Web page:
Movie Review: Get Him to the Greek

I’m told they were attempting a more naughty version of Almost Famous, with this one. While I can see the connection, if the goal was to be anything like that wonderful movie, then Greek failed, terribly.

Get Him to the Greek follows Aaron (Jonah Hill), a young record label intern who is sent by his boss, Sergio (Sean “P-Diddy” Combs), to London to get legendary rocker Aldous Snow (Russell Brand)—“One of the last remaining rock stars.” The goal’s in the title—to get to the Greek, a famous outdoor amphitheater in Los Angeles. The trip is set to be one wacky ride, however, as Aldous has taken a recent tumble off the wagon, following the failure of his latest album, “African Child,” and a split with his lover, Jackie Q (Rose Byrne).

Brand was perfect for the part of the dejected rocker, his real-life unpredictability (and general craziness) adapting easily to the scandalous image of the classic British rocker. They had the part down, what with the sex-craze, drug abuse, and general idiocy that stalks the rocker from day one. It is just about everything we can imagine a rocker being, and Brand delivers brilliantly, not merely through a bout of tedious sketch comedy, but through a generally fun and well-delivered character—despite the narcissism and self-destructive tendencies.

Hill, however, plays the same character he always does. Awkward. Wide-eyed. Child-like cuteness. He is meant to be the foil for Brand, and I suppose in that he succeeds, but if you’ve seen his other characters then you’ve seen this on too—a babbling, worrying mess, complete with vomiting and other quirky mishaps. He lacked the comic quality of, say, Patrick Fugit in Almost Famous, opting away from the incidental humor of an innocent growing up, to the forced humor of the attention-seeker.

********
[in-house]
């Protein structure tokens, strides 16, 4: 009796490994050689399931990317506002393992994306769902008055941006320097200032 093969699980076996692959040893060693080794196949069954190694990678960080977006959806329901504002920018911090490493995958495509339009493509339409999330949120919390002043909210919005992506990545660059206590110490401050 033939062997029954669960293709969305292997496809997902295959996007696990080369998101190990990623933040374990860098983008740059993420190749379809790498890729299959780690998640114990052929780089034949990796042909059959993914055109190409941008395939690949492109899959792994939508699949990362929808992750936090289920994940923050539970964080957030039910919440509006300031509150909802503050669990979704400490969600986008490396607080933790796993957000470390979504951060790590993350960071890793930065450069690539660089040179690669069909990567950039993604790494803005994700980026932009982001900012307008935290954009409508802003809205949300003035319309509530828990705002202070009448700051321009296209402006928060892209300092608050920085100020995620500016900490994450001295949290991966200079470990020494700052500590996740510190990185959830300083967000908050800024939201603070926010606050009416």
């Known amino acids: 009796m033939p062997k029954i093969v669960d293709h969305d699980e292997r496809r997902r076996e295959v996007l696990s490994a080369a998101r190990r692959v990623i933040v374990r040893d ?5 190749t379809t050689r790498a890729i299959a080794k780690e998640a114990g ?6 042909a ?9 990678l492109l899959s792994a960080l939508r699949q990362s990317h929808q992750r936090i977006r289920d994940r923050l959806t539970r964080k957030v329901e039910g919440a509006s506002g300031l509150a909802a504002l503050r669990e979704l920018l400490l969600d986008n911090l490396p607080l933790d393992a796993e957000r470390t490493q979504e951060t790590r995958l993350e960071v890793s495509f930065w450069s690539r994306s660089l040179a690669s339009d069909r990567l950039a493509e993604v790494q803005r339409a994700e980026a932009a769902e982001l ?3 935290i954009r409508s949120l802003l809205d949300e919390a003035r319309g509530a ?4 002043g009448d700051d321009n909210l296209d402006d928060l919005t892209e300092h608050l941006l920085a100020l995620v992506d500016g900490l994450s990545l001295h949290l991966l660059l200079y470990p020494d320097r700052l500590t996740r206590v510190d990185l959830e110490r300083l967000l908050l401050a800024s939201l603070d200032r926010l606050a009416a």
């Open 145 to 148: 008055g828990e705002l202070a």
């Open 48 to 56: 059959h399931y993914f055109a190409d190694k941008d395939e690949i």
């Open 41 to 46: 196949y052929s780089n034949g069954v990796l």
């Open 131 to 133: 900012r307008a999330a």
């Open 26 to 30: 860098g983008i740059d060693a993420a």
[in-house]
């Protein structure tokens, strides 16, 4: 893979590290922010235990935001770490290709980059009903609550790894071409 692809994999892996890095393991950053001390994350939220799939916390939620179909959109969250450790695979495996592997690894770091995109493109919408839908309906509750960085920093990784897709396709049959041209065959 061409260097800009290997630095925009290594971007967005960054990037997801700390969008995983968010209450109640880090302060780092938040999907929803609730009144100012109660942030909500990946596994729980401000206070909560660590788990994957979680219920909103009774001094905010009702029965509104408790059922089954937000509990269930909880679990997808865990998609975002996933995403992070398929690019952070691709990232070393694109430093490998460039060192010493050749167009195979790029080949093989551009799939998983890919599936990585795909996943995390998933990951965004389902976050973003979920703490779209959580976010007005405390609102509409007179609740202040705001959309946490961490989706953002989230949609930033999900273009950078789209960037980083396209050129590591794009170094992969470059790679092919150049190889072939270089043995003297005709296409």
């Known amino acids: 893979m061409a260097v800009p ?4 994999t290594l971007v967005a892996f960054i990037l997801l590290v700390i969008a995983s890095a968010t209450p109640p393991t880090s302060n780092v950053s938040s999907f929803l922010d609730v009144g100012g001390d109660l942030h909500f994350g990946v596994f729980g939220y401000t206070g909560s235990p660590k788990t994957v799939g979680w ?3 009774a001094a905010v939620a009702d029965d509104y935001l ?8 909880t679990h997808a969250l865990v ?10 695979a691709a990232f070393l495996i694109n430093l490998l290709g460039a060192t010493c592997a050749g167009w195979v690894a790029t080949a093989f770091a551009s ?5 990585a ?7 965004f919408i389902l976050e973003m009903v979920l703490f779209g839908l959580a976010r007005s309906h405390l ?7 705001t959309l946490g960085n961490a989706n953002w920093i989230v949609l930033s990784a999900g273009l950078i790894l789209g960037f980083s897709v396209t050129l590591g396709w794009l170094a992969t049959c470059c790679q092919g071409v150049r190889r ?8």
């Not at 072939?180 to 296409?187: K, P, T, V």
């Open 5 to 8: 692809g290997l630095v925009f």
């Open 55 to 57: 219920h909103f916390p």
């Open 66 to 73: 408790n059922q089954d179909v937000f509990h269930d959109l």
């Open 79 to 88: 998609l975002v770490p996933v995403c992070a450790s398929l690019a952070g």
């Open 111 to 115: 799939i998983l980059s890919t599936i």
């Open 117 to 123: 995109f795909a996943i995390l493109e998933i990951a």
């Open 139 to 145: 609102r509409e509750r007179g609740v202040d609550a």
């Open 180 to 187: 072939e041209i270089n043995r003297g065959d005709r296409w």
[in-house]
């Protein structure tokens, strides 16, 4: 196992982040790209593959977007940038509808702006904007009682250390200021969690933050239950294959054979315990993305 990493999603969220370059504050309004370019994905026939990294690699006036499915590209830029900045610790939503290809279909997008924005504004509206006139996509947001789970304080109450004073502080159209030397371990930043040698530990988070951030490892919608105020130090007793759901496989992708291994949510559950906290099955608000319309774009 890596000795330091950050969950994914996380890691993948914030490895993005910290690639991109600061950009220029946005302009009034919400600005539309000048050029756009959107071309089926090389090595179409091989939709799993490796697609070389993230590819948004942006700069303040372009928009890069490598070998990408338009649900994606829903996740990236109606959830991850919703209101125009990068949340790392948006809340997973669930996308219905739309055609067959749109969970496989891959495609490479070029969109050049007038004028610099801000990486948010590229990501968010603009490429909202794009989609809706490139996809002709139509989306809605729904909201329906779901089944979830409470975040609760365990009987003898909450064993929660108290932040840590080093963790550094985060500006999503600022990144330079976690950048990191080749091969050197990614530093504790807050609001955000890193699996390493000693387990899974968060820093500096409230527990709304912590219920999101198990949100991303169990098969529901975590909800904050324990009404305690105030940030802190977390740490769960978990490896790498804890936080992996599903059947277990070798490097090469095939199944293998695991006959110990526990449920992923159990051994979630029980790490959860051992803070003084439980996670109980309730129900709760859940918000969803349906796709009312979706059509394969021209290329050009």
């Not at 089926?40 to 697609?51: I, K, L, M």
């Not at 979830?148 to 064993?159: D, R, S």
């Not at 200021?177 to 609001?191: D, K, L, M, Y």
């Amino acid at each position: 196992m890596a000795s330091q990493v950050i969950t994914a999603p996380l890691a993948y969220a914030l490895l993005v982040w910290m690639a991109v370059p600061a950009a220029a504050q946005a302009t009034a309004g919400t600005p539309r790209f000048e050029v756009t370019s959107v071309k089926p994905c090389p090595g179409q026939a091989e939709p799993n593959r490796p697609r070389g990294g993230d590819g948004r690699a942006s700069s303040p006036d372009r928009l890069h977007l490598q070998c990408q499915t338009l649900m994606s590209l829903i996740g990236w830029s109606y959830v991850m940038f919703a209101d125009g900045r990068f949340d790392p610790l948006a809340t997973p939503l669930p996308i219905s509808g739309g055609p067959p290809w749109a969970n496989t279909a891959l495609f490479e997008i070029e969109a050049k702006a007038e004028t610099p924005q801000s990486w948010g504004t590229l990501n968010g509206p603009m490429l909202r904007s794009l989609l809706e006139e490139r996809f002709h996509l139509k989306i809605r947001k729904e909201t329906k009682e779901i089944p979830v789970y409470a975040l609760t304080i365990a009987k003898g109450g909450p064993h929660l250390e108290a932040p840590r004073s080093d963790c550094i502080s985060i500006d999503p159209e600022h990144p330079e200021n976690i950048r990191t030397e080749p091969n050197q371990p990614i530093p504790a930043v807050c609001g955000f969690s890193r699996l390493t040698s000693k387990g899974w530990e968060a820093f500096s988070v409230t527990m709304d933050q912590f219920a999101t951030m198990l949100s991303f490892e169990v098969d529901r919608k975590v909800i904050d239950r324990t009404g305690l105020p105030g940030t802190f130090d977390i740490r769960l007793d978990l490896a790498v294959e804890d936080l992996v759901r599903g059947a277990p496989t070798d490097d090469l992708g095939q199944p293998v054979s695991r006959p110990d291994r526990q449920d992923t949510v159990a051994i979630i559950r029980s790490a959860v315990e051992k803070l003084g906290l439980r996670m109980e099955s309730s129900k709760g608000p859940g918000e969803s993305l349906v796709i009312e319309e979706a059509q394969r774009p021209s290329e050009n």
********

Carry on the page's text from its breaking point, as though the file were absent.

The movie was written and directed by Nicholas Stoller, the man who directed Forgetting Sarah Marshall, with another Sarah Marshall participant (Judd Apatow) on hand as one of the producers. It is their brand of comedy through and through—coarse, but occasionally charming, with wild characters and a plot that leaves much to be desired. You know the course of this one from beginning to finish, and, despite a few twists, it follows your traditional youth-meets-rocker mix, complete with glaringly happy ending. The women in it seem to get consistently shafted, though, and I can’t say the shallow people presented to us are around for anything more than to be drooled over and exploited, which I don’t think I need to say is a severe disappointment.

Unlike the tragic figure of Adam Sandler’s George Simmons in Funny People (Another Apatow), Get Him to the Greek gives us glimpses of the darker side of celebrity life, but without straying too far from the comic pleasure of the audience. When comedy does start to sag, it also has a parade of cameos to amuse the audience with, including Christina Aguilera and Lars Ulrich, among others.

There is some seriousness here, but it is few and far between, and does little to enhance the comedy in any way. It can be a bit chaotic from time to time, and despite a strong opening, the comedy wears itself out by movie’s end. It has its humorous moments, but overall, Get Him to the Greek is just another predictable comedy with little to offer its audience in excess.

Rating: 2.5 out of 5 stars

~ by Chris G. on June 4, 2010.

One Response to “Movie Review: Get Him to the Greek”

  1. Raunchy, but plenty of funny dialogue with some surprising emotional weight. Who knew P. Diddy was so hilarious?! Just wish I had something better since a lot of this comedy is just based around one dirty situation, after another. Good review, check out mine when you can!

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